You would have never left home

A Quick Refresher Lesson in Why I Travel

The other day I had a wonderful discussion with someone that I thought I would share. The person, a middle-aged man who has lived the better half of his life as a nomad. He grew up as an expat child and continued on from there. Traveling is, as he put it, in his blood. He has seen too much to be normal and knows to much to be stationary. He shared a lot of insight with me that I’ll keep with me in my travels. Throughout our discussion, we traversed many topics ranging from politics to life aspirations even happening upon the short story of the fisherman. (If you haven’t read that I strongly recommend it. Just search Fisherman story) He, who was currently living on a Caribbean island, mentioned that he was currently living the life that most people work their entire lives to retire for. He was in his own sort of paradise.

As we continued he asked me how I liked living in the Caribbean.  He said that he usually gives people six months to adjust to see if they can do it or not. I quickly answered with my complex response to a question that I have been asked multiple times. I am not going to go in to too much detail in this post, but I will in a future one. Since arriving in Puerto Rico, I have had mixed emotions on the place. Some of the more frustrating things have been trying to get things done on a business side. For instance, the bureaucracy, lack of urgency, or constant ‘mañana’ attitude that have been so commonly associated with Latin America have been a challenge for me to adjust to. As I expressed to him my challenges and complained about my frustrations, he retorted a bit of travel wisdom that was a great refreshment to me. He said, “I understand all of these frustrations that you are having, but if you sought an easy life where everything was as you wished it to be, would you not have stayed at home? We as travelers leave home in search of these challenges. Traveling presents the best and the worst of the world and it is something that we just have to accept as-is sometimes. You have to understand that when someone tells you it will be ready in a week, when it will really take three, they say that because they know it is what you want to hear. They know that if they say three you will be upset.”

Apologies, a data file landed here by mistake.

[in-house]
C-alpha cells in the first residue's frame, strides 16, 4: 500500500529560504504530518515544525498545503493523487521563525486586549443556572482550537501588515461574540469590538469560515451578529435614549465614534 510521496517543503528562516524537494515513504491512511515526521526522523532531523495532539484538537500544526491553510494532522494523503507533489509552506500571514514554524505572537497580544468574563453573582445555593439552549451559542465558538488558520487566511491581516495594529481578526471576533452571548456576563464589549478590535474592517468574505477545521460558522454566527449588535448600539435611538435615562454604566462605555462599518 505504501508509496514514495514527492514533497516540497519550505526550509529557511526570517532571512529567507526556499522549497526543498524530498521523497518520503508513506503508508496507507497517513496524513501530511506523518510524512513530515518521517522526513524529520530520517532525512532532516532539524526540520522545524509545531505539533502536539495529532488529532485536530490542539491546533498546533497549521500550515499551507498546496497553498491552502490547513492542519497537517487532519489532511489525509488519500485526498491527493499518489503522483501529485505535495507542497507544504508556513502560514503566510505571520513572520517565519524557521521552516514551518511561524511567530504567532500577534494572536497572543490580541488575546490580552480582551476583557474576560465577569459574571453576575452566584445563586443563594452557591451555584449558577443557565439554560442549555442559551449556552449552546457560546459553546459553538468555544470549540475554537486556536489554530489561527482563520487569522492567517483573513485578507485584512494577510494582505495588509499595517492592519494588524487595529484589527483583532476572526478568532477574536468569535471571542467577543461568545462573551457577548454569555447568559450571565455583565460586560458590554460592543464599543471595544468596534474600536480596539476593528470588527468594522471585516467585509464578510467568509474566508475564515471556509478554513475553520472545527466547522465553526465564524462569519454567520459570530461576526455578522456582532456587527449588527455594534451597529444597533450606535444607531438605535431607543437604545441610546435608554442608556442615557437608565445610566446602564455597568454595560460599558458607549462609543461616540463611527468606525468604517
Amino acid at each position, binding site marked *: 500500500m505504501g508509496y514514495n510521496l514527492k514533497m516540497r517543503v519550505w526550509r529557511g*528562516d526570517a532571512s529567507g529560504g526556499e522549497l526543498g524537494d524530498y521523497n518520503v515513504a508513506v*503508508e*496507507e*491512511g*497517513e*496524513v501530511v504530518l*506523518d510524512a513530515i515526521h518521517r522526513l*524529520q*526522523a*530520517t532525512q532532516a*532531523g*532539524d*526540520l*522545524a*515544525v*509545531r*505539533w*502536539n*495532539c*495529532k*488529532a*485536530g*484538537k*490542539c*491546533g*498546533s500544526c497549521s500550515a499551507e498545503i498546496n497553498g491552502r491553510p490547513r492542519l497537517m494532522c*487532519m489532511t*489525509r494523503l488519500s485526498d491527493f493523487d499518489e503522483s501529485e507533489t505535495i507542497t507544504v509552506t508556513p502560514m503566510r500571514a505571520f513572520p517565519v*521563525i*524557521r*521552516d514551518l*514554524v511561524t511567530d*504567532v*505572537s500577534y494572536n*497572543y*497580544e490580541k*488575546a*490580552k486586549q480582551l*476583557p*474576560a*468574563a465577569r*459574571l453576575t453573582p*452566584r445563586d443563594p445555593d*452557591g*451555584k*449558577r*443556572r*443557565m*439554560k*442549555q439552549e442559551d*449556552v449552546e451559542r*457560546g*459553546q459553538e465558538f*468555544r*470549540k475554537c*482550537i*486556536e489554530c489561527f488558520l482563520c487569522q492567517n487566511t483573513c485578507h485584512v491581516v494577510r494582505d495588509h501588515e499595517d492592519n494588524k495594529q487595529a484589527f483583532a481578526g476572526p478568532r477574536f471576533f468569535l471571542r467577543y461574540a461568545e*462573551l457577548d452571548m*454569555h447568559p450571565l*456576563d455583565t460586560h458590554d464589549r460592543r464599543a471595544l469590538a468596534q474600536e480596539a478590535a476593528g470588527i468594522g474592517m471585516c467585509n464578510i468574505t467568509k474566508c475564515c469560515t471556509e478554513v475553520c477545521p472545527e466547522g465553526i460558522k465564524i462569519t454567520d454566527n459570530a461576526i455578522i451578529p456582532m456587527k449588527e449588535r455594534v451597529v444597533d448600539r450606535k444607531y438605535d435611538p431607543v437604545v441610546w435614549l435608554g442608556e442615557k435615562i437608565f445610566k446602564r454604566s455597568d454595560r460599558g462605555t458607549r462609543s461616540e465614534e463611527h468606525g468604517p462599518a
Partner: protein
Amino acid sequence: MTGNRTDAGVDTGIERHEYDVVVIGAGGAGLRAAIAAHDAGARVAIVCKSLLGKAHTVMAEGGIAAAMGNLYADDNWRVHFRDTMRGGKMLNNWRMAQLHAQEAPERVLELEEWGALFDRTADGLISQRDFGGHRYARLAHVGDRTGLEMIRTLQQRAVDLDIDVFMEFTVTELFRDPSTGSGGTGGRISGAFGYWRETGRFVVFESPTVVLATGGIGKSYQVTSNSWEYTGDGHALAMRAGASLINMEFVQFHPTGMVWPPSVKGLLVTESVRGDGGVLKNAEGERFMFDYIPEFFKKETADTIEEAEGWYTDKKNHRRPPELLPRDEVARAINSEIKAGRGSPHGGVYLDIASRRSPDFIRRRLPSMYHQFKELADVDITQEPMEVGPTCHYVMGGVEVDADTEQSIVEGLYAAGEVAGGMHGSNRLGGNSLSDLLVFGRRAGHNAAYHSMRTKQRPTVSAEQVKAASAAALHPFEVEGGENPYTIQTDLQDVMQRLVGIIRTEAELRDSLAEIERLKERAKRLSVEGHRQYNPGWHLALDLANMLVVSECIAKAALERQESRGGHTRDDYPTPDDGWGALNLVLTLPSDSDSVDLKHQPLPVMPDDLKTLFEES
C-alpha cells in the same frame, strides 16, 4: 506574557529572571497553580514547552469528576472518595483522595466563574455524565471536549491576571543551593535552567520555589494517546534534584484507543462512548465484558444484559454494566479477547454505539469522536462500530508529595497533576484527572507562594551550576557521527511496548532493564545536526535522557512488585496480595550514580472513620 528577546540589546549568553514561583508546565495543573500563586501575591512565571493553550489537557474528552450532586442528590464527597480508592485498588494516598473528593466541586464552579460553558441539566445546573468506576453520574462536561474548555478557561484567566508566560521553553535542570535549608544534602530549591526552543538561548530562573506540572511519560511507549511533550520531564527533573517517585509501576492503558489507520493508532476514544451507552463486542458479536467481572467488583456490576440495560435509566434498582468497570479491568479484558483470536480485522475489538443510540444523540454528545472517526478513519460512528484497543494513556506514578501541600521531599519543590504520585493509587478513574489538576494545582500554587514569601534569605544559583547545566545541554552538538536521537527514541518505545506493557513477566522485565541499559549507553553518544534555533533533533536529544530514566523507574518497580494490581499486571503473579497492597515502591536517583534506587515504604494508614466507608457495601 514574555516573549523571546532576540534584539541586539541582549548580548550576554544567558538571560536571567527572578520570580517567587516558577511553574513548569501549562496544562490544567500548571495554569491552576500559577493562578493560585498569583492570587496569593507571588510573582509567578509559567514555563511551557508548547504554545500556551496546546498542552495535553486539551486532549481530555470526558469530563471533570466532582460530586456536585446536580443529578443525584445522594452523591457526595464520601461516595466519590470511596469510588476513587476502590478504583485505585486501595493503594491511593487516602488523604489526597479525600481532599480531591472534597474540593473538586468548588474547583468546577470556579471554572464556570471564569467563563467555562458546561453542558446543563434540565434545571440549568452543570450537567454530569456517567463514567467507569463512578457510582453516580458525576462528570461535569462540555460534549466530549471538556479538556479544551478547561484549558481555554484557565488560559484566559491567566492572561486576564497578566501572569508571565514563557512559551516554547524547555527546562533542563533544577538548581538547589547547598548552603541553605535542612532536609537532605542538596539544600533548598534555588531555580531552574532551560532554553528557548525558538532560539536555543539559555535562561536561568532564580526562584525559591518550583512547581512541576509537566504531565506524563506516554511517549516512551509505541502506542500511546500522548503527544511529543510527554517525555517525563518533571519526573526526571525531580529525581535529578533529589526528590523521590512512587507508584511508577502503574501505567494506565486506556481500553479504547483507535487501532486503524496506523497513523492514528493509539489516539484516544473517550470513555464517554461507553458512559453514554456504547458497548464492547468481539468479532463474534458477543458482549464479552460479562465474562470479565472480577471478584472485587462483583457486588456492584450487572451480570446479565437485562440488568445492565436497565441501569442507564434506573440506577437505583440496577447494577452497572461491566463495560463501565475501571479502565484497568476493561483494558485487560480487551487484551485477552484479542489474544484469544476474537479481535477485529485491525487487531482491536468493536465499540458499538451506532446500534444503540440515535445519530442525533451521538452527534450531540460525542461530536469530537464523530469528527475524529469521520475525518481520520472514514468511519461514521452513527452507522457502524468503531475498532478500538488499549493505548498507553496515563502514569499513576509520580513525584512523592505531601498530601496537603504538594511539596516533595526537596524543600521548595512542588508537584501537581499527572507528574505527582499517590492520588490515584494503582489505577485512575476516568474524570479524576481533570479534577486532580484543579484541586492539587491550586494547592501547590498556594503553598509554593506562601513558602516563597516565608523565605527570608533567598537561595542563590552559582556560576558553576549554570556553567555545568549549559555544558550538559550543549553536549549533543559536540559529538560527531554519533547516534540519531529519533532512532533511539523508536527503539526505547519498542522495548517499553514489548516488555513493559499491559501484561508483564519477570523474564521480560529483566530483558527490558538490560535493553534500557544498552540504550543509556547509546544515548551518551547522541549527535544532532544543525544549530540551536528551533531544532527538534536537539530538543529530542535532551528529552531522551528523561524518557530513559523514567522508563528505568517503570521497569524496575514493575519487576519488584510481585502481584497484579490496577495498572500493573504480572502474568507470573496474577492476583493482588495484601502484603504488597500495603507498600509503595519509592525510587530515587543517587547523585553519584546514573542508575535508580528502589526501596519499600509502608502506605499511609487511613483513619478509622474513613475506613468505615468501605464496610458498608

What he said was basic, but brilliant. It is something that I think is often forgotten as travelers. In the heat of the moment, traveling can be a frustration, exhausting, and heavy. When looking back, it is worth every bit of struggle. I was reminded of the positive aspects of traveling. I remembered that to understand a people and place, you have to fully immerse yourself into it. That comes from learning the language, eating with the people, understanding their customs, et cetera. One doesn’t have to agree with everything that they see, but they need to respect the cultural process behind it whether or not they find it to be correct.

Our conversation also reminded me of the difference between real friends and those who are superficial. A real friend will always tell you what you need to hear, not necessarily what you want to. The same goes for people.

Thanks to anonymous for reminding me why I travel. Never forget that sometimes just a conversation can be exactly what someone needs to hear.

Interested in more reading like this? You may like these A Life Lesson from a Kenyan Boy, The Duty of a Traveler, A Life Lesson from a Bengali Boy, or 25 Lessons that I’ve Learned by 25.

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  1. really loved it….
    the southern boy is growing up well i see

  2. Tourist in Romania

    A truly interesting perspective…and a beautiful story. Very inspirational!

  3. Nice blog man! Love your vision! Just followed you on Twitter. Looking forward to connect!

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